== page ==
It is beyond question that the recent normalization agreements between Israel, the United Arab Emirates (UAE), and Bahrain have seriously weakened the Palestinian negotiation position. This explains the angry reaction of the Palestinian leadership and its denunciation of these deals as a betrayal. Indeed, the type of agreements pursued by the Trump administration have placed the Palestinians further than ever from achieving a just and peaceful resolution of their conflict with Israel.
The above notwithstanding, the normalization deals present a potentially unique opportunity for the Palestinians to liberate themselves from the illusion that the negotiations paradigm launched by the 1993 Oslo accords can one day lead to the establishment of a viable, independent Palestinian state. This in turn should encourage the Palestinians to develop a new framework for their struggle for independence in the post-normalization era.
The support of the Arab states has always been viewed by the Palestinians as a strategic asset. With several Arab governments recently normalizing their relationship with Israel in the absence of an agreement to end the conflict, this asset has been compromised. The UAE-Bahrain-Israel accords have further unbalanced the already asymmetric relationship between Israel and the Palestinians, and left Israel with no incentive, such as access to Arab markets, to engage in meaningful negotiations with the Palestinians.
Despite the potential damage to the prospects of a comprehensive peace, the recent normalization agreements should nevertheless serve as a wakeup call for the Palestinians.
Specifically, they should serve to disabuse their delusional leadership of the notion that liberation can be achieved through the Oslo Accords. This leadership has desperately chased the elusive objective of Palestinian statehood for over twenty-seven years through the paradigm of bilateral negotiations, and the major outcome has been an increase in the number of Israeli settlers in the West Bank from almost 100,000 in 1993 to over 550,000 today. Furthermore, the Palestinian leadership probably needed to be shown that the 2002 Arab Peace Initiative, that Israel never accepted, is now being abandoned by the very Arab governments that proposed it.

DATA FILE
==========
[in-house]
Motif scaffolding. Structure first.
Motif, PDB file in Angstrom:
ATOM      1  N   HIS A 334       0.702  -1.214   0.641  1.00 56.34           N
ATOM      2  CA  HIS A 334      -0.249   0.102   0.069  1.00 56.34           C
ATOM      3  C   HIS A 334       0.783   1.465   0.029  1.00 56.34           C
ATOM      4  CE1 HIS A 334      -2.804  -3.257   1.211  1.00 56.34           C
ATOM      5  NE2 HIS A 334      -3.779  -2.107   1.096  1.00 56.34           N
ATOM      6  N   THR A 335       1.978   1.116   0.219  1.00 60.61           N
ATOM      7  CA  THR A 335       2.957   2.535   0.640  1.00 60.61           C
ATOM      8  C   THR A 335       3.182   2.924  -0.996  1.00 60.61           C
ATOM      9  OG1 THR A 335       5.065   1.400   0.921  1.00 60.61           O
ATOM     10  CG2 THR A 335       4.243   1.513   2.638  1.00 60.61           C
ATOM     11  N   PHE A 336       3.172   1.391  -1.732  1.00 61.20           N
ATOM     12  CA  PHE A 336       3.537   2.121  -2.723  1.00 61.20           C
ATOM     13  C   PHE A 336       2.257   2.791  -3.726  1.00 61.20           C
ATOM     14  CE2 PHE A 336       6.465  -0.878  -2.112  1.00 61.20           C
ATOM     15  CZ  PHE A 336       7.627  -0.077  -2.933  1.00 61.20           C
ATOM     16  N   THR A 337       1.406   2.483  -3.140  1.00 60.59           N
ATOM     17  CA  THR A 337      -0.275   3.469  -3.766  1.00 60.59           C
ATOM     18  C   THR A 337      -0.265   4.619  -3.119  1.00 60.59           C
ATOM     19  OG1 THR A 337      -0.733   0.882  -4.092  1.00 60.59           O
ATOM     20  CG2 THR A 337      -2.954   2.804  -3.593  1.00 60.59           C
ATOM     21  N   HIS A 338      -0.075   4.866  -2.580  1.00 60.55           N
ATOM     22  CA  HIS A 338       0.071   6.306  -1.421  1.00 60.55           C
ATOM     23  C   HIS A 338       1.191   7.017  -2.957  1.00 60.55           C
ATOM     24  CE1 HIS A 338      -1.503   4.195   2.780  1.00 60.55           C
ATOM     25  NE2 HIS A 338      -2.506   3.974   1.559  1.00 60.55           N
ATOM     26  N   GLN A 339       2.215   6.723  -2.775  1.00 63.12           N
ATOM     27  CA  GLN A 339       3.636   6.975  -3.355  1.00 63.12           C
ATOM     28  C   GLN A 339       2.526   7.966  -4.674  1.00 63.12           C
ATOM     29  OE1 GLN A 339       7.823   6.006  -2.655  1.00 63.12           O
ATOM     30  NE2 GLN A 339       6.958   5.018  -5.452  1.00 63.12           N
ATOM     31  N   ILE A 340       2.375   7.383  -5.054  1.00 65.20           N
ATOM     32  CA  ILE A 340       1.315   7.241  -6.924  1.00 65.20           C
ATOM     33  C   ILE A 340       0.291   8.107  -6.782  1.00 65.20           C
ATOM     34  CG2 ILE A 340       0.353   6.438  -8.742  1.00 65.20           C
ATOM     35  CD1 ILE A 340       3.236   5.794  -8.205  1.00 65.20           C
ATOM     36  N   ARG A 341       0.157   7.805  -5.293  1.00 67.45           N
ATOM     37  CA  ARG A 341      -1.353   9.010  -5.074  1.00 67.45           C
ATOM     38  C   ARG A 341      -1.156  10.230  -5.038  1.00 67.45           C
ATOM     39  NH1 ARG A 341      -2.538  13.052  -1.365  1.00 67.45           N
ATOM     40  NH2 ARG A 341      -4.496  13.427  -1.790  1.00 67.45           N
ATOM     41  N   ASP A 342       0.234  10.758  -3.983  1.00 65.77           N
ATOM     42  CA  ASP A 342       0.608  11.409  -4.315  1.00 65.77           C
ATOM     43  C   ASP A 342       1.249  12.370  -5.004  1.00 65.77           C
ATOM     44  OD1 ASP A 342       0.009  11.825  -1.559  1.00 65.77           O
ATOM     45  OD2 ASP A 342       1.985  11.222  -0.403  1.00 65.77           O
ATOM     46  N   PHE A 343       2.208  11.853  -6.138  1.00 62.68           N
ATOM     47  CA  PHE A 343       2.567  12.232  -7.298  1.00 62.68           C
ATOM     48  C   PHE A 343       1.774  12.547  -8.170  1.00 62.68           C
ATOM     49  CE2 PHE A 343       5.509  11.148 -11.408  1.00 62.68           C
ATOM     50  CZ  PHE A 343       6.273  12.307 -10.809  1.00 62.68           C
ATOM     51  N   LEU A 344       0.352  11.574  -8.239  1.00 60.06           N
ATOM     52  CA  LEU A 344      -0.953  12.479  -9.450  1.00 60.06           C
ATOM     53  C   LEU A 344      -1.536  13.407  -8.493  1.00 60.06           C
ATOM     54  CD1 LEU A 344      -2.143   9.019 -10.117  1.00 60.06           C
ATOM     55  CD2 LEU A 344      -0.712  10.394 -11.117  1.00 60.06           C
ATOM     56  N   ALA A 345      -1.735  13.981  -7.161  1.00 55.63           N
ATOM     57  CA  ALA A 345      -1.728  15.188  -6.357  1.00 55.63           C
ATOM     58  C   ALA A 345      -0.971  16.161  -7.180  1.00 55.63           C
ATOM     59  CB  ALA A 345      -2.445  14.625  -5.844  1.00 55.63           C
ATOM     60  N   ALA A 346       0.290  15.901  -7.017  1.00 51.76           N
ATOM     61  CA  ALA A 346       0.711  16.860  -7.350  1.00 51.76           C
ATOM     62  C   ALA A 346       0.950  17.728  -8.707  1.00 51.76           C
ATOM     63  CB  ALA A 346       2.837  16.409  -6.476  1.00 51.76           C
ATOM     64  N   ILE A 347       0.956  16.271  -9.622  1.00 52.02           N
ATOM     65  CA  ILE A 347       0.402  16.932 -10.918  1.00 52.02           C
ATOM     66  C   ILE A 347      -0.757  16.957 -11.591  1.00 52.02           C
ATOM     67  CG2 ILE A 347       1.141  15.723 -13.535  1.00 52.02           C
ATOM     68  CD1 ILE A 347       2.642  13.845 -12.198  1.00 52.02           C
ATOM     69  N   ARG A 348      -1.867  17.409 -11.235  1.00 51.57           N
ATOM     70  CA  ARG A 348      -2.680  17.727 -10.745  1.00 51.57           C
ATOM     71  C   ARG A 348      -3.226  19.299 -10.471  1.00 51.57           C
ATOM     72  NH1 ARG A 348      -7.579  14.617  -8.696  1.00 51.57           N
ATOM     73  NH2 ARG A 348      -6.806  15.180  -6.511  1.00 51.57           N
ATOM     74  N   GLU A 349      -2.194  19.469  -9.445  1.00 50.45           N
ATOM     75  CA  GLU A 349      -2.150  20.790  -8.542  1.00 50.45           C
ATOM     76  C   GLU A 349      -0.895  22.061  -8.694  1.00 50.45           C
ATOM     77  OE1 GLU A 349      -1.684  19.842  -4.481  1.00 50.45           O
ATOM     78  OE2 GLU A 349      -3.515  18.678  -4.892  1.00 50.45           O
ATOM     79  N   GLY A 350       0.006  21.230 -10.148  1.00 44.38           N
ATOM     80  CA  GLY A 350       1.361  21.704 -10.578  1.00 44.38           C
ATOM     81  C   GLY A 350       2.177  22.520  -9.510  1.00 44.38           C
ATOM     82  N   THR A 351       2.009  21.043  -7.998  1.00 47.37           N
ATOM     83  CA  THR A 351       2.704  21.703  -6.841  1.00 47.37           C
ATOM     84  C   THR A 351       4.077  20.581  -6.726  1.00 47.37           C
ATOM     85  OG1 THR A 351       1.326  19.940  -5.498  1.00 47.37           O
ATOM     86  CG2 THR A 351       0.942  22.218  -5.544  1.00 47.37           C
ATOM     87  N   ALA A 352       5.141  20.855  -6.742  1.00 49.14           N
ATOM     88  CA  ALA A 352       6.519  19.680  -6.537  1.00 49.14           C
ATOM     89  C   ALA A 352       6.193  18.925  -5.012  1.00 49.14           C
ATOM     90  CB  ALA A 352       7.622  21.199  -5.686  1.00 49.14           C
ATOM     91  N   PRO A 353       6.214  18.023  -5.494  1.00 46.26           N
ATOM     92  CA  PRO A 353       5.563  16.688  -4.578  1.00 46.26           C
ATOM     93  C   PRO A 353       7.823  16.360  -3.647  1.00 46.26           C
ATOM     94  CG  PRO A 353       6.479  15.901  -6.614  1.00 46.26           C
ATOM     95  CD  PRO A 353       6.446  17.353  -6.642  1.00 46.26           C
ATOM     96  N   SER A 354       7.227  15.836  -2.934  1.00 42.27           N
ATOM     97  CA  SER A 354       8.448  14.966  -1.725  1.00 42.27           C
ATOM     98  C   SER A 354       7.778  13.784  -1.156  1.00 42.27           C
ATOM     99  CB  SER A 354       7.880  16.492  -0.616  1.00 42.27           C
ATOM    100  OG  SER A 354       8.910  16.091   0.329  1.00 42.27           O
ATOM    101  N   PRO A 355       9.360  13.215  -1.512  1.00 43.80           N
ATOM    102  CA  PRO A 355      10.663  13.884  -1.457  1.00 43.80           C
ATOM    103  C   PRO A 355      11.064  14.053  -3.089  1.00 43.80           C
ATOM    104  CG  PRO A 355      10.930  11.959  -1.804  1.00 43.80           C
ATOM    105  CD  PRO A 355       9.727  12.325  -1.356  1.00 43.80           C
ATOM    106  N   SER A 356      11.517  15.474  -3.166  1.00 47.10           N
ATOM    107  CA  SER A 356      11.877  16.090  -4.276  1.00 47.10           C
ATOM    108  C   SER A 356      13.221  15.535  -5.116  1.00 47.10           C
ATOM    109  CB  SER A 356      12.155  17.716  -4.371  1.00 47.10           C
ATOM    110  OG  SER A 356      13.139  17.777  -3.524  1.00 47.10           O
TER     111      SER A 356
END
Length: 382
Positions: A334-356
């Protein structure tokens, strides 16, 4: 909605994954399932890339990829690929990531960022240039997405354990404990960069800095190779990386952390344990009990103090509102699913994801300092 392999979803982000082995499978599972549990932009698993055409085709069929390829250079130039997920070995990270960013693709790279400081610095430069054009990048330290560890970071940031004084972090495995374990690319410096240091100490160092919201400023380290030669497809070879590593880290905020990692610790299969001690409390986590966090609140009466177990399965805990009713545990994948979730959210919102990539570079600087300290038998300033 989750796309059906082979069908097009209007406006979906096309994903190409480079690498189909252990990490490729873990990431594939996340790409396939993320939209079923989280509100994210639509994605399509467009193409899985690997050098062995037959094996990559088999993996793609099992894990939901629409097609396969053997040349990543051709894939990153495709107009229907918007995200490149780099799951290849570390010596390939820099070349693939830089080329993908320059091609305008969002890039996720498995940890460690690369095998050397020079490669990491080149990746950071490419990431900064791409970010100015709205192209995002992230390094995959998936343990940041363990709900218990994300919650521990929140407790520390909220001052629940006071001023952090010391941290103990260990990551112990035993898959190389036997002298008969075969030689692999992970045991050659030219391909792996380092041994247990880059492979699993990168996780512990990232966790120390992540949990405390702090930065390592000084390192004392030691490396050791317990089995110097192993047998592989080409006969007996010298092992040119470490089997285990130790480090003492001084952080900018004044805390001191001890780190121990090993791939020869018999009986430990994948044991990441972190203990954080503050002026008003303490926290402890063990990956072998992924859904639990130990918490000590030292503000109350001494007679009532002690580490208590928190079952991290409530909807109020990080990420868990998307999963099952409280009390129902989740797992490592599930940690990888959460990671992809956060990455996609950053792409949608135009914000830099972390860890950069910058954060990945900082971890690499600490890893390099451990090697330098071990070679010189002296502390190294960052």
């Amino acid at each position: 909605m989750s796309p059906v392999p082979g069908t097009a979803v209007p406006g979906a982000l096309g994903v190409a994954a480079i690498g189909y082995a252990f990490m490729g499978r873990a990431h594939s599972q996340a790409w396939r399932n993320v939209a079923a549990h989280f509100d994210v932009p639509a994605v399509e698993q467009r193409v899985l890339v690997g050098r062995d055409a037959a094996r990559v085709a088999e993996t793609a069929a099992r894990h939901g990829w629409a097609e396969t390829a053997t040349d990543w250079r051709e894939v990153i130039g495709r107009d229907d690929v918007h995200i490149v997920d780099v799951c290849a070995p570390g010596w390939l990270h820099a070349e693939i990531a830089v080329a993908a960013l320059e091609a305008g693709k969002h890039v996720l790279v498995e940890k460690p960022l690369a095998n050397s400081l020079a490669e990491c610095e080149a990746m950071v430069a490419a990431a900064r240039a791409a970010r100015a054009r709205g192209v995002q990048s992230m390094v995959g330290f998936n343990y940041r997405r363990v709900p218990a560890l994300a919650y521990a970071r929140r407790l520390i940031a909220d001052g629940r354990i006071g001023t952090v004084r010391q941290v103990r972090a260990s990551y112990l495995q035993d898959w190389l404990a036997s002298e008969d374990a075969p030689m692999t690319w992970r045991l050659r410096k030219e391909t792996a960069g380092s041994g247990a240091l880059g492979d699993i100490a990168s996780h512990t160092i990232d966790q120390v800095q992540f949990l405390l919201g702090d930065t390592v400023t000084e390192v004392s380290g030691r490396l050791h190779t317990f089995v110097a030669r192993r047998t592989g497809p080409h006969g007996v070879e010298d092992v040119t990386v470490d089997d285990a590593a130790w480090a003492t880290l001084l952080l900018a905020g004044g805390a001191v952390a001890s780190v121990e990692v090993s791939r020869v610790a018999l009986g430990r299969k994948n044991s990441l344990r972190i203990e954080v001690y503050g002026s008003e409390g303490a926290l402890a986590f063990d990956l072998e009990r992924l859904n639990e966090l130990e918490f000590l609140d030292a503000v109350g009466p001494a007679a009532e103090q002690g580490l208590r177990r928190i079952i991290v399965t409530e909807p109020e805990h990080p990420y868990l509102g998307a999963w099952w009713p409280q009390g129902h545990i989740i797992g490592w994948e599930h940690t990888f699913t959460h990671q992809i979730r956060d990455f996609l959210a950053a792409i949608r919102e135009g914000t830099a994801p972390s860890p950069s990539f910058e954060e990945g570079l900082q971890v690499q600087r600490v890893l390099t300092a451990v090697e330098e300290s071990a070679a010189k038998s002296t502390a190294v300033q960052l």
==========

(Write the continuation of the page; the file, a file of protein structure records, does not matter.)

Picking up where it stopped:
In addition to the above, normalization should force competing Palestinian parties to develop collective frameworks for action. For over thirteen years, the Palestinians have been sharply divided between the Fatah movement, which embraced negotiations as the means to achieve self-determination, while Hamas adopted armed resistance. In reality, Fatah is not negotiating, and Hamas is not resisting, while the strategic inflexibility of both is paralyzing the Palestinian national project. Now, for the first time since 2007, the Palestinian factions unanimously rejected the UAE-Bahrain-Israel normalization agreements as a threat to the national cause.
Since the 1993 Oslo Accords, Arab support for the Palestinians has helped them diplomatically and financially, but has fallen short of meaningful assistance to resolve the conflict with Israel. An unintended consequence of the nature of such aid is that it encouraged an attitude of dependency entitlement by the Palestinian leadership towards Arab governments. Normalization has created a new reality; Palestinian leaders will have to reform and earn their role as representatives of a just cause if they want to continue in their positions.
Historically, there are have been three competing paradigms to resolve the Israeli-Palestinian conflict: armed resistance (1965-1993), negotiations within the framework of Oslo and the Arab Peace Initiative (1993-present), and the Trump administration’s self-proclaimed “Deal of the Century” (2018-present). While the first two failed to achieve Palestinian objectives, the “Deal of the Century” aims for full and unconditional surrender. For these reasons, and in an era of Arab normalization with Israel, the Palestinian response requires the creation of an alternative, fourth paradigm that combines soft power with popular resistance.